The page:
The Wisdom of Crowds: Why the Many Are Smarter Than the Few and How Collective Wisdom Shapes Business, Economies, Societies and Nations
by James Surowiecki
Brilliance by Committee
A review by Anna Godbersen
We like to think of genius as the property of a few rugged and quirky individuals.
Crowds are hardly as glamorous — at best conformist, and at worst dangerous,
as in the case of mob riots. But James Surowiecki puts aside these tropes and
argues, persuasively, that just the opposite is true: Groups are capable of solving
big problems in science, business, and society, with greater accuracy and reliability
than individuals, even if those individuals are the ones we worship as experts.
The Wisdom of Crowds opens with a series of cases in which collective knowledge trumps "expert" knowledge, including Google searches, decision markets, and Who Wants to be a Millionaire? Surowiecki then goes about illuminating and complicating his thesis. A group is not always smarter than an individual, of course. (We can all think of examples of frenzied crowds and mass delusions.) To really work, the wise crowd must benefit from such conditions as diversity of opinion, decentralization, and independence. Groups that are too similar will have fewer possible answers to any given question; the members of small, close-knit groups will conform rather than act on their own information. The wise crowd must, additionally, have a good system for collecting its knowledge. Surowiecki illustrates each of these caveats with academic studies (most performed on monkeys and beleaguered grad students), historical anecdotes, and current events. (The failures of the intelligence community around the time of September 11, 2001 are ripe for dissection.)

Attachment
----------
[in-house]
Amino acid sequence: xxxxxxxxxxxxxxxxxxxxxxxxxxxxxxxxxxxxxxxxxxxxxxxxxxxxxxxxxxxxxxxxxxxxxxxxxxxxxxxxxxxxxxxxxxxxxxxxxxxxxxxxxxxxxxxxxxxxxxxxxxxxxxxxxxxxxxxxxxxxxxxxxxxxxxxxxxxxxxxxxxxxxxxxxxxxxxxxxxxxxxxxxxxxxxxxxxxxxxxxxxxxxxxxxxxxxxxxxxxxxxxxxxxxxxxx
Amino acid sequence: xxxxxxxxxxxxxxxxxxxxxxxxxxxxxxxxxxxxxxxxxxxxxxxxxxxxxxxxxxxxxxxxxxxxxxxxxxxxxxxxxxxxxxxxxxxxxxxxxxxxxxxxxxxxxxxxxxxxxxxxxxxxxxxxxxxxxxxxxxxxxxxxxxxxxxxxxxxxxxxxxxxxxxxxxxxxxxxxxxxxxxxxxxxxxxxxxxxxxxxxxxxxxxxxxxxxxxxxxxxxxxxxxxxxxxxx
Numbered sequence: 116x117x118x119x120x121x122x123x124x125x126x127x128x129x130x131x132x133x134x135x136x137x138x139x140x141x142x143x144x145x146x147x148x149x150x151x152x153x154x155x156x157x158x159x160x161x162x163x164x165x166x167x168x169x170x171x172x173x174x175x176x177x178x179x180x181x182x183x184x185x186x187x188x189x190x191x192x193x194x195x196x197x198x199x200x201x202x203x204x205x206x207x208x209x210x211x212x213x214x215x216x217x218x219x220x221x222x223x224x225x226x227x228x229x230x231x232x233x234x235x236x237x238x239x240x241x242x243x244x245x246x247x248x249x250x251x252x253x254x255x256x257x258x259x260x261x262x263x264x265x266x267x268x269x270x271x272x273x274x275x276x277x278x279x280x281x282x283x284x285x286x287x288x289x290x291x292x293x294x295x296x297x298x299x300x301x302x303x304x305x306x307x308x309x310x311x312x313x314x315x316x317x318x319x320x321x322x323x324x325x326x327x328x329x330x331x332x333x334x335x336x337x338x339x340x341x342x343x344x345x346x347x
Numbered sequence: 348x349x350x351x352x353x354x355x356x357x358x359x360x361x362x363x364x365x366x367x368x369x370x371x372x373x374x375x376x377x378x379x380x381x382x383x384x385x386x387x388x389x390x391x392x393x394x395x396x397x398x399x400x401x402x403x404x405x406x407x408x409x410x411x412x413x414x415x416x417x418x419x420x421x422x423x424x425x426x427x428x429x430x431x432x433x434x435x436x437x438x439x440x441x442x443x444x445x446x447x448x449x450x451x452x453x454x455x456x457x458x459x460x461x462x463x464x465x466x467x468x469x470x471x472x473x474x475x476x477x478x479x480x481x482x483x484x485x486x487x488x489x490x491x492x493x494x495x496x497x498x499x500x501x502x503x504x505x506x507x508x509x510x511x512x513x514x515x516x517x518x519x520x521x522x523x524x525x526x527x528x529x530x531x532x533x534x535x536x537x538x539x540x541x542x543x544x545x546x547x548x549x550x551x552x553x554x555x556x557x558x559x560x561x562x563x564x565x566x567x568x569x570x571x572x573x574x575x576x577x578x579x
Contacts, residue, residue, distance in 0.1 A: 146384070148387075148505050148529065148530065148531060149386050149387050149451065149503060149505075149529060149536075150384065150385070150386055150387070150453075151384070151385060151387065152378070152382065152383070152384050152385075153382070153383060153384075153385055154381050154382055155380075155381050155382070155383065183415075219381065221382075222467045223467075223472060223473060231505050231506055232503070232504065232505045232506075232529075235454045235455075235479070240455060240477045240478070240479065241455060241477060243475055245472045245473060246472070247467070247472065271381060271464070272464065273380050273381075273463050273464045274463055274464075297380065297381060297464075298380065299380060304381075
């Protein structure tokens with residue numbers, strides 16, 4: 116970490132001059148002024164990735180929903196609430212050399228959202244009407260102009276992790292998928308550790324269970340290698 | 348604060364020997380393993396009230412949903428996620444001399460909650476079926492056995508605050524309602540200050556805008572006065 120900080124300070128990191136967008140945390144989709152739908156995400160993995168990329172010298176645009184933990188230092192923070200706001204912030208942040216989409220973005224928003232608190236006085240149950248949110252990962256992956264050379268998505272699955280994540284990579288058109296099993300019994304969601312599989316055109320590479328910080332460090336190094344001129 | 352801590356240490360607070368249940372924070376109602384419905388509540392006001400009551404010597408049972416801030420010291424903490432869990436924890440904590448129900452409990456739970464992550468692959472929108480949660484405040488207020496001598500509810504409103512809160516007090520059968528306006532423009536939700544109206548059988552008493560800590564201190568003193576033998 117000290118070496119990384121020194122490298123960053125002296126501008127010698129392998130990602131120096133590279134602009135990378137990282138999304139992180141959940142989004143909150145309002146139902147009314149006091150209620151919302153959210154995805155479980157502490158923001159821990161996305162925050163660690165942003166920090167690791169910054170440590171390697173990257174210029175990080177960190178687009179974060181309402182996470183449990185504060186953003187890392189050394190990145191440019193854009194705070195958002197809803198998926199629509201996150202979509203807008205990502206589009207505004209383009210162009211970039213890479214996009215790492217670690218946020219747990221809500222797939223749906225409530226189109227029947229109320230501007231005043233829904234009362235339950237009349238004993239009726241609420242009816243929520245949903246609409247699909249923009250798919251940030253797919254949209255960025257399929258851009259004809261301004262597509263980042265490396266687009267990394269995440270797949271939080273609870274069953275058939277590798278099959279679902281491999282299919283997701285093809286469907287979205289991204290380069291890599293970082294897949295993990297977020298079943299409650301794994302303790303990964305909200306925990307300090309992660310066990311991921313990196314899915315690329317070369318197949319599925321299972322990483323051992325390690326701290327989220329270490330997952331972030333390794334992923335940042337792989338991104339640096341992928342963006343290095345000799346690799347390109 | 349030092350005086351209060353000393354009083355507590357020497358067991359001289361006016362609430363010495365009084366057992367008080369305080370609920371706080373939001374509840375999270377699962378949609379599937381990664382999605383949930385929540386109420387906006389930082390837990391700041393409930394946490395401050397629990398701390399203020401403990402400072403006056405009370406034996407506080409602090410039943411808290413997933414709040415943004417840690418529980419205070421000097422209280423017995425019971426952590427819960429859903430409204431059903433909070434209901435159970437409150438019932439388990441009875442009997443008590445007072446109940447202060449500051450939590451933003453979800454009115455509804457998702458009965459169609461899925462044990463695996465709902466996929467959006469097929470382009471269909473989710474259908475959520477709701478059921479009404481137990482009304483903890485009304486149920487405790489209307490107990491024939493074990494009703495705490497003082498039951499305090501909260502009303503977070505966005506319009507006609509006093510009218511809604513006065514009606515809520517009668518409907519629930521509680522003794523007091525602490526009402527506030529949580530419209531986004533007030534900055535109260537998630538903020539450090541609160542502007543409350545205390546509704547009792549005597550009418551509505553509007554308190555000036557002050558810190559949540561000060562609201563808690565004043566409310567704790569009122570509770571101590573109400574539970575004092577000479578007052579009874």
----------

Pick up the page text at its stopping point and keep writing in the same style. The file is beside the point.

Surowiecki is the New Yorker's business columnist, and at times his book feels like a series of carefully constructed pieces rather than a whole work. Still, he writes with the patience and geniality of a beloved professor, and his arguments are invariably witty and to the point. The Wisdom of Crowds draws a clear, erudite picture of the mechanisms by which our mass society works, and it is a refreshingly hopeful one.
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